Bactrian camels have two coats, a long and hairy outer coat and a soft and downy inner coat. Each adult camel produces about 2.5 kilos of down and another few kilos of coarser outer coat each year.
The outer fibre is used for making ropes and also strong yarn used in the warp of rugs. The inner down is considered a luxury fibre and it is very warm and light, it has some elasticity, but it is not very elastic. Camel down has a micron count of 17 to 19, and it is 25 to 75 mm long and it does not felt very easily. Use camel down when you want warmth without bulk, a characteristic that makes camel coats popular.
Camels shed their hair naturally every year and the fibre is shorn, gathered or combed. The inner coat is passed through a de-hairing machine, in the same way as cashmere, a slow and expensive process. Baby camel fibre is softer and lighter in colour than that of an adult, and it is more expensive. Baby camel varies from white to fawn, while the adults tend to be darker brown.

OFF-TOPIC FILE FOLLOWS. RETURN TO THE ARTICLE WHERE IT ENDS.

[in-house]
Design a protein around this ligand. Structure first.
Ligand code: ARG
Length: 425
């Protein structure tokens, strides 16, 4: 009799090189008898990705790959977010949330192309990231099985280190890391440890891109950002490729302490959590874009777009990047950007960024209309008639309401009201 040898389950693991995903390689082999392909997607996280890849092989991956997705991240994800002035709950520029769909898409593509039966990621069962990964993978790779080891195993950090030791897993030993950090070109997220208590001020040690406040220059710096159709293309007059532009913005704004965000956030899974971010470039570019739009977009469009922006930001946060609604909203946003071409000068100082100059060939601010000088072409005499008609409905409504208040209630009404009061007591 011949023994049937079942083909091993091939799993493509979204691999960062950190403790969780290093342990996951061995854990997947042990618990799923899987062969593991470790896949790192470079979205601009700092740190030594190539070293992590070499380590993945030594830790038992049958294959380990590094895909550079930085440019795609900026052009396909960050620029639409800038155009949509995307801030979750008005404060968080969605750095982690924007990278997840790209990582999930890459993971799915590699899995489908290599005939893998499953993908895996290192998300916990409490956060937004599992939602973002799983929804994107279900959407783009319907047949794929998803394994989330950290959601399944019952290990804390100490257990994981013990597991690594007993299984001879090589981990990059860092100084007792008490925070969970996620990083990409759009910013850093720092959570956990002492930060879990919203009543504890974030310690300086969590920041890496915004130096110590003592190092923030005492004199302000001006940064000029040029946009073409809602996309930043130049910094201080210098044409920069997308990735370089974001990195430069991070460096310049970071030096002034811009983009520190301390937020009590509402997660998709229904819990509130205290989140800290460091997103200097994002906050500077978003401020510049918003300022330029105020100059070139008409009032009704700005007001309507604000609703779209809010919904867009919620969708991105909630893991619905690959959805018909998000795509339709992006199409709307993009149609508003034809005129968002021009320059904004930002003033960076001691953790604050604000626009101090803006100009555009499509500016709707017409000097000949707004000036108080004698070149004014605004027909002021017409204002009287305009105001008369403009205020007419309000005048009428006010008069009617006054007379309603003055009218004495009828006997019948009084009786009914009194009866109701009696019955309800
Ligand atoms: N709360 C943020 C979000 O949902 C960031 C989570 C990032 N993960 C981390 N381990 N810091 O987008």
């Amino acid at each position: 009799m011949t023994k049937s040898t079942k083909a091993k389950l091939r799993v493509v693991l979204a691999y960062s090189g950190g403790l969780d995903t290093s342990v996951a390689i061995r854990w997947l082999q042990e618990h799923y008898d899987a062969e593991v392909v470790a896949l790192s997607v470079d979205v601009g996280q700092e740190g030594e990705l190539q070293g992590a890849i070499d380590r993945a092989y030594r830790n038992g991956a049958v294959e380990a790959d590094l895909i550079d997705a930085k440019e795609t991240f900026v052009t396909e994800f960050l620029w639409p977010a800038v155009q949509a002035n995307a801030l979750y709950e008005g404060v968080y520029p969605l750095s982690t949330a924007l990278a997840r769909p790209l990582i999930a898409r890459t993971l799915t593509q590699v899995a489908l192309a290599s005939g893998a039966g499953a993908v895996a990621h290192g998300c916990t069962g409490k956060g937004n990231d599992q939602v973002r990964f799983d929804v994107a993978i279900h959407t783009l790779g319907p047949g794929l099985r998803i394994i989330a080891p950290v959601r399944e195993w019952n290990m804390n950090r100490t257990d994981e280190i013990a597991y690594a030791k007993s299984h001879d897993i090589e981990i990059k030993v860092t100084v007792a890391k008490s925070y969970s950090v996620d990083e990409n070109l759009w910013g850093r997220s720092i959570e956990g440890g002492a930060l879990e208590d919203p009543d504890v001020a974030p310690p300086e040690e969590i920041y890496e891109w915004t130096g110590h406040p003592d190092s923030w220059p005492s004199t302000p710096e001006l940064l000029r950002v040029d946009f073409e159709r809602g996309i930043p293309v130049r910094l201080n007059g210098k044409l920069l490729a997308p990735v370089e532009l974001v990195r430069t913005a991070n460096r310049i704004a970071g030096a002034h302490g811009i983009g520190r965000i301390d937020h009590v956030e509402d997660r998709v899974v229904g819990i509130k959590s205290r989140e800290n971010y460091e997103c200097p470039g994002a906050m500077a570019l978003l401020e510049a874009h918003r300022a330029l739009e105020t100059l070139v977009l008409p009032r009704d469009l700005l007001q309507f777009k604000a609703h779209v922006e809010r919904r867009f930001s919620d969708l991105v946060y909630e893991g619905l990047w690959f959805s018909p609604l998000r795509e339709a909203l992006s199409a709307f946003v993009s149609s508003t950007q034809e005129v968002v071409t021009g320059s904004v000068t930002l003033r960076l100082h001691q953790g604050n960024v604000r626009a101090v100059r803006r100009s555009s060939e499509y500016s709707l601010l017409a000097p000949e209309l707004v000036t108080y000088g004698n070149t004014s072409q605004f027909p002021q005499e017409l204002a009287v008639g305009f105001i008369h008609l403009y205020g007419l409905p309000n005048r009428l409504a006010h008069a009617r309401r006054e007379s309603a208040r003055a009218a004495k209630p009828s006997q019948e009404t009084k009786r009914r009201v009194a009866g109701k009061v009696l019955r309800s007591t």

Baby camel is a great alternative to cashmere: it has a similar micron count but it is much more affordable. Camel fibre is also easier to dye with natural dyes as it is less likely to felt than cashmere. I find it more exciting to spin a fibre that comes from a camel that lives in the desert than cashmere that comes from a goat.
Camel down looks like a fluffy cloud and it is easy to spin long drawn, even without any hand carding. This is one of the warmest fibres I have spun, and my hands get quite hot holding the downy fibres. Camel tops are combed like wool tops and you can spin it anyway you like.
Blends can add elasticity and drape to a camel fibre that can sometimes be too hot on its own. For jumpers and hats, a blend of two thirds camel down and one third wool will produce a yarn with enough elasticity and without excessive warmth. For scarves, two thirds camel blended with one third silk produces a fabric with more drape and some lustre. For warmth, drape and elasticity, use a blend of one third camel, one third wool and one third silk. Brown Blue-faced Leicester wool and tussah silks are great for blending with camel.
By the way, camel hair brushes used by artists are mainly made with squirrel hair rather than camel.
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